Common eye problems—and ways to avoid them

No matter what job you do these days, chances are you’ll find yourself staring at a screen for at least part of your day. Computers and smart devices have made such an impact on our working lives, it’s almost inevitable you’ll use a desktop, laptop, or mobile at some point in your day-to-day work routine.

Of course, while all this technology is great for simplifying and organizing our work, it does come at a price. Long exposure to computer and device screens has been proven to have a detrimental effect on our eyes, often leading to bigger problems in the future. Couple this with the fact that our eyesight degrades over time through the natural aging process and it would seem only sensible to take steps to look after our sight. 

Eye issues caused by screens 

Between computer screens, laptops, TVs, gaming systems, and our cell phones, it’s estimated the average American spends almost seven and a half hours per day in front of a screen of some variety. Due to the blue light emitted by these devices, over 50% of people who work with computers complain of digital eye strain (DES)—a very common form of eye damage. Symptoms of DES include headaches, itchy eyes, eye irritation, dry eyes, or eye fatigue. 

Other eye problems that develop from aging

Unfortunately, aging also often causes other eye problems including presbyopia, glaucoma, dry eyes, macular degeneration, and cataracts. In the majority of cases, early diagnosis will help prevent eye damage so you must visit an optometrist regularly. By age, the regularity of eye appointments is suggested to be: 

  • One appointment in your 20s
  • Two appointments through your 30s
  • One appointment aged 40—with follow-ups as required
  • Every 1-2 years when you reach age 65

Thankfully, most eye disorders can be relatively easy to treat if found early and eye surgery technology has improved dramatically in recent years. For example, cataracts can be resolved with a simple operation as detailed at, to remove the cloudiness from the patient’s sight. As ever, prevention is better than cure, so be sure to visit your optometrist regularly.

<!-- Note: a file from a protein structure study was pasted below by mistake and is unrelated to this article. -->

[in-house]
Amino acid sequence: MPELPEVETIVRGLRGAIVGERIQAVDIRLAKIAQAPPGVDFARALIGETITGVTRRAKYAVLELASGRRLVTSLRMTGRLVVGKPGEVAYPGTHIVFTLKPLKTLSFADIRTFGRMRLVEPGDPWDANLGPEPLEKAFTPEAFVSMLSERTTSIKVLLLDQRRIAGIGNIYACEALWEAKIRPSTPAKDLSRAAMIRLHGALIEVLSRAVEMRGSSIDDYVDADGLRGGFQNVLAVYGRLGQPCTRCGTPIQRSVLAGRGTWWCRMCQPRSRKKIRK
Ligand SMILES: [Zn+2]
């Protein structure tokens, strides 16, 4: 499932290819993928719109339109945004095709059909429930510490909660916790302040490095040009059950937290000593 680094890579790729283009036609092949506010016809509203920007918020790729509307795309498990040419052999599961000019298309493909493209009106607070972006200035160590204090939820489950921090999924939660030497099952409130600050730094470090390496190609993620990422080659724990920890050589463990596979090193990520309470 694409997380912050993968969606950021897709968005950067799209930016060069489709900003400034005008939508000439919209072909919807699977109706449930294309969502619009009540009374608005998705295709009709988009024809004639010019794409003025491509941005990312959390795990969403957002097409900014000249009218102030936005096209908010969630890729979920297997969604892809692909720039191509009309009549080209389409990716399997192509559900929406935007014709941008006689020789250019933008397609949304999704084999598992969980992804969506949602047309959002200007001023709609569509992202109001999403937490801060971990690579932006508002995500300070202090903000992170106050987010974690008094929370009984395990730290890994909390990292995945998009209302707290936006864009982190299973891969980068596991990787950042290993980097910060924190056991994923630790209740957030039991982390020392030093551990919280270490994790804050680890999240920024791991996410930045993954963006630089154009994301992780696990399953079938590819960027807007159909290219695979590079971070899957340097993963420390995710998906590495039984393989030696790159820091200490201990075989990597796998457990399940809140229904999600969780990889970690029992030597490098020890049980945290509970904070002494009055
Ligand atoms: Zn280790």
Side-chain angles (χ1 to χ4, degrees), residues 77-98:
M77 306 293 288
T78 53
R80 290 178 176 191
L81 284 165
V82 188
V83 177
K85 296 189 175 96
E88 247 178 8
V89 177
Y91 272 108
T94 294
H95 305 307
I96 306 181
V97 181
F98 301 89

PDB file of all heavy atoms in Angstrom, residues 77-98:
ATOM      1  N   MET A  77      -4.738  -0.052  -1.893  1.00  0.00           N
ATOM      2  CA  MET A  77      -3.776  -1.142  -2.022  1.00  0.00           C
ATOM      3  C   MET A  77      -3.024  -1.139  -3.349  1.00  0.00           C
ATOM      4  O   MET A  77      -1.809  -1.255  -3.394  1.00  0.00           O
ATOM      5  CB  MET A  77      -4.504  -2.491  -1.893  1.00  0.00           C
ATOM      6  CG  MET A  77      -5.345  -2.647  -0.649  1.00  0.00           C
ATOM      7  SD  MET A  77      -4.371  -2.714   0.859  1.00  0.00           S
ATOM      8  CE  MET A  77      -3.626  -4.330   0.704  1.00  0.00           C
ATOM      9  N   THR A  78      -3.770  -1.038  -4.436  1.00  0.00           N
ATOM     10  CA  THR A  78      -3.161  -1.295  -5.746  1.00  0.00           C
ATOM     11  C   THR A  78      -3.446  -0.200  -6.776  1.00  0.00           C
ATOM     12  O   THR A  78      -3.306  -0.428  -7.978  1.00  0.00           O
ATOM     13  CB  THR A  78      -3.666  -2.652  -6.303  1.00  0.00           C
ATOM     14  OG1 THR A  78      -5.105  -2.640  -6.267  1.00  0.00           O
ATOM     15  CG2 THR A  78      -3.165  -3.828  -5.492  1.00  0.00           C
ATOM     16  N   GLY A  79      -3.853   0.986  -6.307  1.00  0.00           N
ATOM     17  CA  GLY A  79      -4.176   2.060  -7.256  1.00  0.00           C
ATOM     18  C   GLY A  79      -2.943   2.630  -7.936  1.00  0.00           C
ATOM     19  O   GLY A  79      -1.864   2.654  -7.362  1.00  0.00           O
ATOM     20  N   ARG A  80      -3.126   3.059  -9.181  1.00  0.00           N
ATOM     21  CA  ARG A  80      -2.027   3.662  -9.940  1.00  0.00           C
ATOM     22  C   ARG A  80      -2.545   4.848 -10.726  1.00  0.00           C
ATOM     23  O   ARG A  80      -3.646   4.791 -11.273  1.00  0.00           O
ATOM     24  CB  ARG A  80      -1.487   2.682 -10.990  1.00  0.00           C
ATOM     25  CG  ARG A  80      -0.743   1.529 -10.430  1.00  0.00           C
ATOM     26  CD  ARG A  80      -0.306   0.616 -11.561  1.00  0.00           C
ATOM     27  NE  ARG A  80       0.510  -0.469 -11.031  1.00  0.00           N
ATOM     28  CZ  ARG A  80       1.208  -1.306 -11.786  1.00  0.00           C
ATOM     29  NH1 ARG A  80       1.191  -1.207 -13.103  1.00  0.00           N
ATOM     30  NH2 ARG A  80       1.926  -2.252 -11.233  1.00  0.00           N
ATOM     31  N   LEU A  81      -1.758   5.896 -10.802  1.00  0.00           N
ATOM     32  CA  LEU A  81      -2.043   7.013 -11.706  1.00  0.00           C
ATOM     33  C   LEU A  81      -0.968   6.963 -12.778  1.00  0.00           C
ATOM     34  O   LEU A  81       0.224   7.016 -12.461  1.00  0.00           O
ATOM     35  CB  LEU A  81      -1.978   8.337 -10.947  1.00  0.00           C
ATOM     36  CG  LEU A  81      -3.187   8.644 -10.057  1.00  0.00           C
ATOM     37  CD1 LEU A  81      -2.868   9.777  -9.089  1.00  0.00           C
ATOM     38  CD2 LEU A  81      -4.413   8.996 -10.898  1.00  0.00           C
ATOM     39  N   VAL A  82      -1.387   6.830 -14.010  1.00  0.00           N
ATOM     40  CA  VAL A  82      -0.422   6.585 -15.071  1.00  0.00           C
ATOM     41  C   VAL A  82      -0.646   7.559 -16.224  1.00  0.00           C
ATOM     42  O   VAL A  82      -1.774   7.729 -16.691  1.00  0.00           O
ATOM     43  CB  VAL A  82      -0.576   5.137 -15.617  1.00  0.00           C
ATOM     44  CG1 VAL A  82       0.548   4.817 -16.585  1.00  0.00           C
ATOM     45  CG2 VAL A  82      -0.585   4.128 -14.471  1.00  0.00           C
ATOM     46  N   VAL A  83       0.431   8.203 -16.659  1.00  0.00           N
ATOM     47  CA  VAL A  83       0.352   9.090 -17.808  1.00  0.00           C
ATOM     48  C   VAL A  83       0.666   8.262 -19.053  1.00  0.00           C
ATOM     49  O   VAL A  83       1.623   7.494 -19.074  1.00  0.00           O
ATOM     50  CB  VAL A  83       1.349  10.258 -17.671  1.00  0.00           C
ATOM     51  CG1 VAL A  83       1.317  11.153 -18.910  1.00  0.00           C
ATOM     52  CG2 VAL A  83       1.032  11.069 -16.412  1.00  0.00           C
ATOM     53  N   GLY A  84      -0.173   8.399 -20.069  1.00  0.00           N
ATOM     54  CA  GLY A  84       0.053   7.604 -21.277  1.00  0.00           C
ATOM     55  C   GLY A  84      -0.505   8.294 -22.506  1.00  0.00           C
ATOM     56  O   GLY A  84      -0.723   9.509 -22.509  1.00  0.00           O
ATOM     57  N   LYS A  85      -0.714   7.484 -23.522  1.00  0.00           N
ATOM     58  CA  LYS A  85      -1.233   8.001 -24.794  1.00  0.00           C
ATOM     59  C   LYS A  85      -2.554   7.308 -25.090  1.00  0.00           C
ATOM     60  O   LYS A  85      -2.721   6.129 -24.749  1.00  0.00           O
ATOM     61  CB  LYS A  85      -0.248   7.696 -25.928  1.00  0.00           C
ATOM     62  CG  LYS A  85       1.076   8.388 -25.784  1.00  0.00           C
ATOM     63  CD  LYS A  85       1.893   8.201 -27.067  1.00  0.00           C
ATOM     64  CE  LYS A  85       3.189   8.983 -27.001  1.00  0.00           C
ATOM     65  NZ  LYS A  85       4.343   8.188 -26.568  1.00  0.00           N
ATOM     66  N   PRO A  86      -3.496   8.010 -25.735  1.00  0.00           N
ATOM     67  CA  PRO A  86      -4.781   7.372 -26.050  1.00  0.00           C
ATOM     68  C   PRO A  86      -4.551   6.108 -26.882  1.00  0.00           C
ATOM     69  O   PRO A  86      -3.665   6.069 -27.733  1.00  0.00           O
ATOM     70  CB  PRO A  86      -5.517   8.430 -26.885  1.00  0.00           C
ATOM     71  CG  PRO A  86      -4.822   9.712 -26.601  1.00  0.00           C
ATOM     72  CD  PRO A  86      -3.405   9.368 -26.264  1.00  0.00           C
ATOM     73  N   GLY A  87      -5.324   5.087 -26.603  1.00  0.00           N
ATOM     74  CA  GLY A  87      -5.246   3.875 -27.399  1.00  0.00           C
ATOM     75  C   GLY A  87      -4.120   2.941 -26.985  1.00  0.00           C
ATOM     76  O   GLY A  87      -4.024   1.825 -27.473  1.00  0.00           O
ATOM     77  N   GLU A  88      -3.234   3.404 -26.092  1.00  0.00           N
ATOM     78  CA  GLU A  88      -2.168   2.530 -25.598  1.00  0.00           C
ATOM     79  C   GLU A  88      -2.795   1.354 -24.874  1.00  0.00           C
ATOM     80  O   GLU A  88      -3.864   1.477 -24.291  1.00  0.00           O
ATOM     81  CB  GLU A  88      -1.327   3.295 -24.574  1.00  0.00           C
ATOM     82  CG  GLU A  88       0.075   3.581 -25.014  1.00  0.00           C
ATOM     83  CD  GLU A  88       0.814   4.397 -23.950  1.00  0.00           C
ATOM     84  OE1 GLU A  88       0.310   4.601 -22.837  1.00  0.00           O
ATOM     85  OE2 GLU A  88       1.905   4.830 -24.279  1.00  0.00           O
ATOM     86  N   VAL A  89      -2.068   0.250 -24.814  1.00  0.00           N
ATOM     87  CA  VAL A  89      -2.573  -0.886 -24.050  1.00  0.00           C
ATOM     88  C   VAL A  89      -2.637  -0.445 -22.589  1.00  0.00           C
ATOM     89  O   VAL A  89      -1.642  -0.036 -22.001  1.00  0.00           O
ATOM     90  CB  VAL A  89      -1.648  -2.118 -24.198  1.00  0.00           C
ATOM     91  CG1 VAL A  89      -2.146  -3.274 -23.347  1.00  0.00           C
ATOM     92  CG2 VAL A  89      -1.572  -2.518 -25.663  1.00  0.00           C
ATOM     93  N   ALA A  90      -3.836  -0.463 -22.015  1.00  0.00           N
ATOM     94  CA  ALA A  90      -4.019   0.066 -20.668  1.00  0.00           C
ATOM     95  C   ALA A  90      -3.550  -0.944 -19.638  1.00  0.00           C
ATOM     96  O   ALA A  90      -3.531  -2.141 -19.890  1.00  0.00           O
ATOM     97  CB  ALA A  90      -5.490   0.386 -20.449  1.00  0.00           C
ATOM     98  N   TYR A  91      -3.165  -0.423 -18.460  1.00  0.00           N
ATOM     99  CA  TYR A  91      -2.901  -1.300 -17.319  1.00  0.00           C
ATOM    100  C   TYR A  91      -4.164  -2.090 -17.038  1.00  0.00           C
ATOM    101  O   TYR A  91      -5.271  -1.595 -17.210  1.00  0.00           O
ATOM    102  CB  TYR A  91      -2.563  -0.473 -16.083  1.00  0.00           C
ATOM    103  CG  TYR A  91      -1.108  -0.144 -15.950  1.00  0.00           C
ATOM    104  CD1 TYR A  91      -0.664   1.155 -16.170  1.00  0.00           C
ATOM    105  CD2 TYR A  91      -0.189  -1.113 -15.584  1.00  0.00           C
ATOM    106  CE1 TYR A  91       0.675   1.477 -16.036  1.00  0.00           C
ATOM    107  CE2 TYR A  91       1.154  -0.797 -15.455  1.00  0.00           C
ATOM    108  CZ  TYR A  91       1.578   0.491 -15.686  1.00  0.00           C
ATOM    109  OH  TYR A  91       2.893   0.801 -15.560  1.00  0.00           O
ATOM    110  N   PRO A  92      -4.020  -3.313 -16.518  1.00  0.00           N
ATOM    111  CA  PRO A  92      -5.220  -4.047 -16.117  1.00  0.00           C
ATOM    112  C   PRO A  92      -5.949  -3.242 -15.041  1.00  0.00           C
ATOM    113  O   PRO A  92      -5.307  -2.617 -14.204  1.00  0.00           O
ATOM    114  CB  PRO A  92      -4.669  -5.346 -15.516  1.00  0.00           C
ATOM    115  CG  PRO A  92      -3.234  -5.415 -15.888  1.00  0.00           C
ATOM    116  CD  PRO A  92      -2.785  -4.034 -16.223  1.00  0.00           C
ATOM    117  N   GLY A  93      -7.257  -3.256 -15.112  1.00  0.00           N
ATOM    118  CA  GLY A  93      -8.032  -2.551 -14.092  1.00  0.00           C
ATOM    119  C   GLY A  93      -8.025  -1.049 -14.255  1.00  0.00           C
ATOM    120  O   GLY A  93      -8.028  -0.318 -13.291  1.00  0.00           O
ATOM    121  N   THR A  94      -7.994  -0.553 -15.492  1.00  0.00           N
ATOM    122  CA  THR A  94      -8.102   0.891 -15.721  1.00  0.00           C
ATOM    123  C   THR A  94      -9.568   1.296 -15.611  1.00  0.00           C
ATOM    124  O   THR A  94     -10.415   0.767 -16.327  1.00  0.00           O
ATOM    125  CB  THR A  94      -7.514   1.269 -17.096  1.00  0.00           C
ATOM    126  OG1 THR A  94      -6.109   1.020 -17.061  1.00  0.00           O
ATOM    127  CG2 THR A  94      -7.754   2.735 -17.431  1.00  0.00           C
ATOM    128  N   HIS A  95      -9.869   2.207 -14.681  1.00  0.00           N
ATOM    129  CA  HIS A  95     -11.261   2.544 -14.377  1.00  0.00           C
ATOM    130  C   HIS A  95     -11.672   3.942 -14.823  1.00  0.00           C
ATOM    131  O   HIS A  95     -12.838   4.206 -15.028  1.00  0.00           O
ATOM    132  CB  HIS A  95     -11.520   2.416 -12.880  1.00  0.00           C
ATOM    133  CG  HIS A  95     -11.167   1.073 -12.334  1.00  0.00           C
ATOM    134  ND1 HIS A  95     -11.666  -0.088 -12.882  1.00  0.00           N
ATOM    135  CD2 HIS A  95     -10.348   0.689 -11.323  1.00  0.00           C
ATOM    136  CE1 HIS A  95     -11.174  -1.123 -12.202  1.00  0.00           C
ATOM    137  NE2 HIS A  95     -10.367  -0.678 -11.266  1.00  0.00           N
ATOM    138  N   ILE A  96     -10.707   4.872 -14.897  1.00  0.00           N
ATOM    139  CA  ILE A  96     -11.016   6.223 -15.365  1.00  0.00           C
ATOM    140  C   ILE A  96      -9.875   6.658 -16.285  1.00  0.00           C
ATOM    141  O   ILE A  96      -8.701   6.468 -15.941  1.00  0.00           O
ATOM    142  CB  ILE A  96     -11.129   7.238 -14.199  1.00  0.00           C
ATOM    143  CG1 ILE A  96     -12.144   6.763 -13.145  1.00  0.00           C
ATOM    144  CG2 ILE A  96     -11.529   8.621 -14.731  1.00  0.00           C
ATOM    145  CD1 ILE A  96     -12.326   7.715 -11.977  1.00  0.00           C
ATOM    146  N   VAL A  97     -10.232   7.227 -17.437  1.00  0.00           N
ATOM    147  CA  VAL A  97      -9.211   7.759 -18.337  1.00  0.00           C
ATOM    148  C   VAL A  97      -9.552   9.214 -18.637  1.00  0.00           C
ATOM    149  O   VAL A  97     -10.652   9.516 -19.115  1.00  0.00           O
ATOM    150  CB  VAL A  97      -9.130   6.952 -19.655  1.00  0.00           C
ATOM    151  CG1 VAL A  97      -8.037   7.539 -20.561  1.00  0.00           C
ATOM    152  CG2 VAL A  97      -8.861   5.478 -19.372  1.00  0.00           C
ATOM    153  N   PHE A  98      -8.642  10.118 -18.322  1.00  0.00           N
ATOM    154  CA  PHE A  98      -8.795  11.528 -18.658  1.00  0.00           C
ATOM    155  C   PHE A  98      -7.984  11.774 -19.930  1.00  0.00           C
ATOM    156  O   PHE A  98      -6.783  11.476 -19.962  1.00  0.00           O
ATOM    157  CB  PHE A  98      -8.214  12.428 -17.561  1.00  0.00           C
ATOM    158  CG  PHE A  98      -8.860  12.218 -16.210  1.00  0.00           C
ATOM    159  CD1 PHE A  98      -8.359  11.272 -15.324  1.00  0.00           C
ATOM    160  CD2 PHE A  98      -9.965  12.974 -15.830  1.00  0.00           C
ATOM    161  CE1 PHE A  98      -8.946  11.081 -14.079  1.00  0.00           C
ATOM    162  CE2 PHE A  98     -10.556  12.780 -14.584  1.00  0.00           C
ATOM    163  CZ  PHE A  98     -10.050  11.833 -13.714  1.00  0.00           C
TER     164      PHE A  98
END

Precautions we can take to keep our eyes healthy

Just like other forms of health and fitness, there are certain precautions we can all take to look after our eyes. Following a few simple steps will improve your chances of avoiding problems with your sight, while also improving your overall health and fitness. 

Of all the steps you can take to maintain your eyesight, visiting an eye specialist regularly is the most important and will help diagnose problems early. This becomes even more important if you are overweight, have a family history of eye disease, or are Hispanic, African American or Native American (each of which has a higher prevalence of eye problems).

In addition, quitting smoking, taking regular exercise and eating a healthy, balanced diet will also reduce the risk of developing eyesight problems—particularly in later life. Wearing sunglasses with UVA and UVB radiation protection, even on cloudier days, is also recommended. 

Lastly, if you work frequently at a computer, aim to take regular breaks to give your eyes a rest. Follow the rule of 20: every 20 minutes, look away from the screen and focus on another object around 20 feet away for 20 seconds.